Embarking on the Odyssey of Creativity: Karen Martin’s Tale of Artistry in Crete

PHOTO: Embracing Crete’s Mysteries, Crafting Artistic Revelations.

Karen Martin’s narrative reads like a symphony composed in the heart of Crete, echoing the harmonies of culinary revelations, historical epiphanies, and a writer’s odyssey. Her journey, chronicled in “Dancing the Labyrinth,” reveals the genesis of an artist’s muse amidst the cradle of a matriarchal civilization.

From an Australian childhood nourished by literary beacons to a chance encounter in a rural Victorian town, her pact to live on a Greek isle manifested in an unexpected revelation—Loutro, Crete. Yet, fate redirected her to Agia Roumeli, where a humble studio birthed the sanctuary for her creative outpourings.

Amidst goat choruses and seaside meditations, Martin honed her discipline, yielding a narrative interlaced with the rhythms of Cretan life. Her explorations, ranging from literary tangents to traversing 2000 kilometers on foot, intertwined seamlessly with her protagonist’s escapades.

While Cressida embodies fragments of Martin’s experiences, their divergence in life’s paths remains evident. As an Australian indie author, Martin’s artistic evolution—from the Women’s Circus to crafting narratives amid Irish prisons—culminated in weaving tales enriched by Greek mythology and historical tapestries.

Her story resonates—a testament to the communion between life’s adventures and the artist’s canvas. Karen Martin‘s journey, enshrined in her novels and echoed in her ventures, encapsulates the essence of listening to the muses’ whispers—a guiding beacon for all aspiring creators.

Cretan inspiration aka follows your dreams

I did not know the real flavour of a tomato until I had my first bite in Crete. I did not know warm goat’s milk, fresh and steaming in a tin bucket, tasted sublime, nor the best Galaktoboureko[1] were made in Kandanos. There was a litany of things unknown beyond the culinary, and the most significant was learning about the Minoans. This Cretan matriarchal society were the most advanced civilization in the Bronze Age, and provided the perfect context for my dual time novel Dancing the Labyrinth.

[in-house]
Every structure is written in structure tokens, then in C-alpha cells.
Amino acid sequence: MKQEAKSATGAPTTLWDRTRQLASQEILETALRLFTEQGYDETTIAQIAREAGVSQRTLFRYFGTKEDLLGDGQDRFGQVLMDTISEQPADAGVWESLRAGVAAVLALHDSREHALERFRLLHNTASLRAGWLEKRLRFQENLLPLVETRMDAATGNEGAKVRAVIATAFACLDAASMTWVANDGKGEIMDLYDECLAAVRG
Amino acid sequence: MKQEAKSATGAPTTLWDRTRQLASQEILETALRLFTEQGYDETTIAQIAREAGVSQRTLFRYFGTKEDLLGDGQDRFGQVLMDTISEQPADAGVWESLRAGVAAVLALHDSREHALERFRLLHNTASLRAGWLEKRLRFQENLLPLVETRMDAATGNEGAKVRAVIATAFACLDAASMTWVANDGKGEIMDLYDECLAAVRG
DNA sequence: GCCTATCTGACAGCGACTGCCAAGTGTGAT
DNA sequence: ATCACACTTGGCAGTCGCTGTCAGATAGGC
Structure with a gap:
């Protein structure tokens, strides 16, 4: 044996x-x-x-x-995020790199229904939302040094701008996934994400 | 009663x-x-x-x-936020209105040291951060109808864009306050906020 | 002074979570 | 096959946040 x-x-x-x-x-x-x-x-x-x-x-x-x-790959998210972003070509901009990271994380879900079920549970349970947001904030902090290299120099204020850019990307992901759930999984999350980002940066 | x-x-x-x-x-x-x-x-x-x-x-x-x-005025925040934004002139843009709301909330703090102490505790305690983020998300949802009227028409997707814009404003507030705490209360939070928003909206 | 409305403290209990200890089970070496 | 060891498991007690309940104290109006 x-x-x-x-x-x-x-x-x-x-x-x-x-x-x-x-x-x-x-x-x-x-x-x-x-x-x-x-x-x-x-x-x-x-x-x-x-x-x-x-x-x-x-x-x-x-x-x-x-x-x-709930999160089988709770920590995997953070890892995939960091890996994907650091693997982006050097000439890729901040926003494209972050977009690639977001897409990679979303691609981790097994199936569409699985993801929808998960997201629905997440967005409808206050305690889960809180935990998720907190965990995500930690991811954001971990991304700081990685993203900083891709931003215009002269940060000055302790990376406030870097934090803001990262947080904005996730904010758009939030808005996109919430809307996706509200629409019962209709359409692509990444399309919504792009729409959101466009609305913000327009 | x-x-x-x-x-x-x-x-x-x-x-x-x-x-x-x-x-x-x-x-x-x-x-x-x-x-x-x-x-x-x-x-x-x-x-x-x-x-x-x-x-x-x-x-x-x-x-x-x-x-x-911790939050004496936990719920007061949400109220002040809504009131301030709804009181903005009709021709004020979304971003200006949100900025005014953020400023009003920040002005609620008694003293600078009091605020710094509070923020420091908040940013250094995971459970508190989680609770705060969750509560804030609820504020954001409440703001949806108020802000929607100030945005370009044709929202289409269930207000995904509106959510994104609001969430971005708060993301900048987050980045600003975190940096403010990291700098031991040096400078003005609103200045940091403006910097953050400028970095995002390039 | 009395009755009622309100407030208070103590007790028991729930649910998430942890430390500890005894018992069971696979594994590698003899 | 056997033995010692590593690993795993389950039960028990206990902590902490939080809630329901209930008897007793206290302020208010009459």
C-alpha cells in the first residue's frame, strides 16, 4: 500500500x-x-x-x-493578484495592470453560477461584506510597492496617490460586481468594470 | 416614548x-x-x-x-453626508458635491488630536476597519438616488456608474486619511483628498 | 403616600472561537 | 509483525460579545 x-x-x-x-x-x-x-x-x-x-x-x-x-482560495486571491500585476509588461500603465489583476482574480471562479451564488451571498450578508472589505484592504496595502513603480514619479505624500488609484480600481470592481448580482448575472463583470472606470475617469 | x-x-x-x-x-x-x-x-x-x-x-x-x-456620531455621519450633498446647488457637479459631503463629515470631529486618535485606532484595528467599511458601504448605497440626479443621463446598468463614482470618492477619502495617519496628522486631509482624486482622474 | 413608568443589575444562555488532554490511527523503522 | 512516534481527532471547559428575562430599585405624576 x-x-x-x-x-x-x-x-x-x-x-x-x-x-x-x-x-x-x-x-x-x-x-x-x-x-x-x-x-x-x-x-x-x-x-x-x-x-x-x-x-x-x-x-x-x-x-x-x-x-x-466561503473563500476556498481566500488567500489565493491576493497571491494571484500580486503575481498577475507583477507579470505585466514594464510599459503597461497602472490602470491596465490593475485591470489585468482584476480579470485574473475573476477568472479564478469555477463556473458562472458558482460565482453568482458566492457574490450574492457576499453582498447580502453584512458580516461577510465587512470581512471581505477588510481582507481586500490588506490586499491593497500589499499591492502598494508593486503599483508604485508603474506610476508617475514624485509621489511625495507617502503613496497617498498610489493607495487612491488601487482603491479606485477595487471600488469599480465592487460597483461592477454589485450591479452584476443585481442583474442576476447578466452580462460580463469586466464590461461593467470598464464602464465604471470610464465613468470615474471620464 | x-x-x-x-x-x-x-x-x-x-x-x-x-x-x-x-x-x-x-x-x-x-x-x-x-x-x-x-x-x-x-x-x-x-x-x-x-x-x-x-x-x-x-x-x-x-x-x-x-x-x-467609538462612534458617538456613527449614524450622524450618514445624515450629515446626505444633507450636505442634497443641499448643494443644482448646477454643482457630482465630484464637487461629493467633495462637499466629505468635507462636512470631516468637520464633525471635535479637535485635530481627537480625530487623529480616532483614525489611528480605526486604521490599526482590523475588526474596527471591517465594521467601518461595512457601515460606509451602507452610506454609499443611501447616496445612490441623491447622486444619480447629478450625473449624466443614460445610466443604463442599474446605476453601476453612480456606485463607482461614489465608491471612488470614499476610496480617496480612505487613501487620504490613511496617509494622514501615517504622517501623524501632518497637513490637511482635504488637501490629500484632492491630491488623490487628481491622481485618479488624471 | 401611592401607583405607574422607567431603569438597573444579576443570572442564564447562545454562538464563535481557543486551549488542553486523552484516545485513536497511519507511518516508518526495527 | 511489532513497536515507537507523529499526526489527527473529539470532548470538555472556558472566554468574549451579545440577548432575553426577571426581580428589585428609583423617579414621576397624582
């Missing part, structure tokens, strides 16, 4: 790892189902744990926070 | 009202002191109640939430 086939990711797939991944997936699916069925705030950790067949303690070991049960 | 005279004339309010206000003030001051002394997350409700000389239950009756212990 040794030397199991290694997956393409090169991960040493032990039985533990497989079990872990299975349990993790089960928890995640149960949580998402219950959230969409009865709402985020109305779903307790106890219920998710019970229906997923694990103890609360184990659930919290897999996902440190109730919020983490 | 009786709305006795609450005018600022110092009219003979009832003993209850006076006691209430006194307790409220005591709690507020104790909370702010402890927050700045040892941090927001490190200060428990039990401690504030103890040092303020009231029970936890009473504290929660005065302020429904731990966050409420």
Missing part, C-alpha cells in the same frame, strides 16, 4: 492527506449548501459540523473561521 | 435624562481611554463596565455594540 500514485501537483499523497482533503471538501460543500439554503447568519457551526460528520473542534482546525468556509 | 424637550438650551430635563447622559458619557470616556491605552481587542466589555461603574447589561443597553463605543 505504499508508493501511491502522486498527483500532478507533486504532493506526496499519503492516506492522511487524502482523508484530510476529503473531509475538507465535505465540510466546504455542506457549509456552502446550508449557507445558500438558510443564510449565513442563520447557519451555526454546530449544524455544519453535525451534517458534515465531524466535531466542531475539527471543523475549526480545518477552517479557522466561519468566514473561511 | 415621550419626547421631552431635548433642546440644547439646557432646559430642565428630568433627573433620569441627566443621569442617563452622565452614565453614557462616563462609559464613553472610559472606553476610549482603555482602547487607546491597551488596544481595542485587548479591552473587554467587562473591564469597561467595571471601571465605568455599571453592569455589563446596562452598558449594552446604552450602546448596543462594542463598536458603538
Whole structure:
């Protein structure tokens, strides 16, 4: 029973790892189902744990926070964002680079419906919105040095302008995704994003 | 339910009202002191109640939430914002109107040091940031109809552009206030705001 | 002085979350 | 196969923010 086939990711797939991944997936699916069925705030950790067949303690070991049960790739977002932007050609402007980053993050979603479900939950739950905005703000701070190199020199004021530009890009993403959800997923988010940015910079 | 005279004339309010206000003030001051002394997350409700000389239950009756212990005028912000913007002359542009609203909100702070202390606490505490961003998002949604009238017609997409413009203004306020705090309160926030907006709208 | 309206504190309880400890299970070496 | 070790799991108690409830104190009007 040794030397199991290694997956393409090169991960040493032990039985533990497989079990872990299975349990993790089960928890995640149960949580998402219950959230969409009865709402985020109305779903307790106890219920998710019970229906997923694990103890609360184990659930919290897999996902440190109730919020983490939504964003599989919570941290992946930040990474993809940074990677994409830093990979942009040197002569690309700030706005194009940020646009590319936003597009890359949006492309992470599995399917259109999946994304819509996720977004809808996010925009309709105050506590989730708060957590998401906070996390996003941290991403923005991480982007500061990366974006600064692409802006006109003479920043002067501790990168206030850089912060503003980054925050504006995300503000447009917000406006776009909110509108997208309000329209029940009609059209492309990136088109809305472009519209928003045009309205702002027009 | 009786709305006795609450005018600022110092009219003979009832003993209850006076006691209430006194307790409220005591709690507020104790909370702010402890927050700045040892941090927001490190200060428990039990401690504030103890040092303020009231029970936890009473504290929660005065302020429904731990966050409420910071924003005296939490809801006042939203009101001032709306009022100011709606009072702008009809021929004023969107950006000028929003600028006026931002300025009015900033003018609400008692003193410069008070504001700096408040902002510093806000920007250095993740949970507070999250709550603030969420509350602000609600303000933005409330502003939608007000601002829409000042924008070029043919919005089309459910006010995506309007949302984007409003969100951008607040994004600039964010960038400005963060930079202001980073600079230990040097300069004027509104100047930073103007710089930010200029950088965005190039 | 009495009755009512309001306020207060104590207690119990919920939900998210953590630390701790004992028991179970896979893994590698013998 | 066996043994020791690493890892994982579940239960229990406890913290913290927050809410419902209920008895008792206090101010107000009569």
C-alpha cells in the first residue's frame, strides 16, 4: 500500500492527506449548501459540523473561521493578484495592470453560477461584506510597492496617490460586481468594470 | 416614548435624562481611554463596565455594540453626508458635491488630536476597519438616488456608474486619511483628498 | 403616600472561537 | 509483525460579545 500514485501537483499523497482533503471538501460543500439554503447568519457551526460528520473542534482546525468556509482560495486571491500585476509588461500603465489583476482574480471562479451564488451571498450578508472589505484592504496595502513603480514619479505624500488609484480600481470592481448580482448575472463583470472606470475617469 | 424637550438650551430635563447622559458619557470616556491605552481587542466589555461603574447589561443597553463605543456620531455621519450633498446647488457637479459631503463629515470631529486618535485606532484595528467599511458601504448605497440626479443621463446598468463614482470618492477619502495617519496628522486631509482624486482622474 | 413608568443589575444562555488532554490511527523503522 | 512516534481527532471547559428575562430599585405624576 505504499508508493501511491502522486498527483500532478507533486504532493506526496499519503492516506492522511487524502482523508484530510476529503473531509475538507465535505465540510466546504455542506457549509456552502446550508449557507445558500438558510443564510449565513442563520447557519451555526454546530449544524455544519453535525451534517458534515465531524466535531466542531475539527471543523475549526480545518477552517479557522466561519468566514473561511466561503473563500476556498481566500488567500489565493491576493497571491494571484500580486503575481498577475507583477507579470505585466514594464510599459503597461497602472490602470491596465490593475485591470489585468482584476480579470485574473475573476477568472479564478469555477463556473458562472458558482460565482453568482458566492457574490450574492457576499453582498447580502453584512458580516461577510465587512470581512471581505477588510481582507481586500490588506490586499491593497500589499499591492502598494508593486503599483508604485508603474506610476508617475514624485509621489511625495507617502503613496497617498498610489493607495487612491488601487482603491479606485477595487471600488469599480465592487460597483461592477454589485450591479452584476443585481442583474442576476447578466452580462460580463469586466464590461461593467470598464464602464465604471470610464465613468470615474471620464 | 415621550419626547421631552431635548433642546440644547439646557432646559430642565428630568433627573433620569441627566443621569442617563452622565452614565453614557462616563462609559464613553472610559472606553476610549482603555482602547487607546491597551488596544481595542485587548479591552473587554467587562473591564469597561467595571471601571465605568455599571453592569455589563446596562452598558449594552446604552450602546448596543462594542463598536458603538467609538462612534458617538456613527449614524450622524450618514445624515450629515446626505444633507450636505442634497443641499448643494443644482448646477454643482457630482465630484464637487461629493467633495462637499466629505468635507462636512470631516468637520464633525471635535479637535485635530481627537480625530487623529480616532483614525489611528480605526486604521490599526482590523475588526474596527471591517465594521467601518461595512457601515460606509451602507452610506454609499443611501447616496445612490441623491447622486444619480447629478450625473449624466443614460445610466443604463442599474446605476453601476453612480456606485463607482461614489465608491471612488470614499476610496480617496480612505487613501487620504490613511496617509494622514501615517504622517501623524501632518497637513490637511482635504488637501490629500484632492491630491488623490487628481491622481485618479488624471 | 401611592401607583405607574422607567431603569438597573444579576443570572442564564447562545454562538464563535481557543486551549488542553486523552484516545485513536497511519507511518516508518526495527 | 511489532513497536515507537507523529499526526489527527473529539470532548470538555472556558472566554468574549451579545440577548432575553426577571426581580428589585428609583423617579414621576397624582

When I was fourteen years old, I read a book – My Brother Jack by George Johnstone. It was either this book, or the sequel, Clean Straw for Nothing that proved life-changing. My high school education was conservative, and as their guidance pointed in the direction of a career in nursing or teaching, these two books exposed the lie. Life existed outside the narrow framework on offer. I could go and live on a Greek Island. Inspired by George and his wife Charmian Clift, I made a pact: I would live on a Greek island.

I was on a bike ride, three children and many years later, when I learned which island would become my second home. Cycling through a small Victorian rural town in Australia, I stopped to dine at a Greek Taverna. The owner was generous with his raki, and when I mentioned my dream, he said, “I know where you have to go.” He called over a waiter. “If you could go and live on a Greek island,” he asked, “where would you go?” Without any hesitation the waiter replied, “Loutro, Crete.”

As a fan of synchronicity, I researched his advice. At the time I was ignorant Crete was an island of Greece. It was not on my radar. The island was bigger than I imagined, stretching for 260 kms east to west. It took another twelve years for a gap in my itinerary to appear.  It was a ‘now or never’ moment and I grabbed it.

In May 2016, I arrived in Chania, Crete to commence my ‘live on a Greek Island and write a novel’ idealistic dream. Except it wasn’t a dream. No pinch could alter my reality.

Destination Loutro was thwarted when I learned there were no houses to rent and hotels offered rooms without kitchenettes. I researched the possibility of staying further west in the small seaside village of Agia Roumeli.

Perfection came via a studio with a small kitchenette, living area, a mezzanine bedroom, a view of the sea to die for, and plenty of space to write. It was home for three and half months during the summer season, until I moved to the foothills of the White mountains for my winter retreat.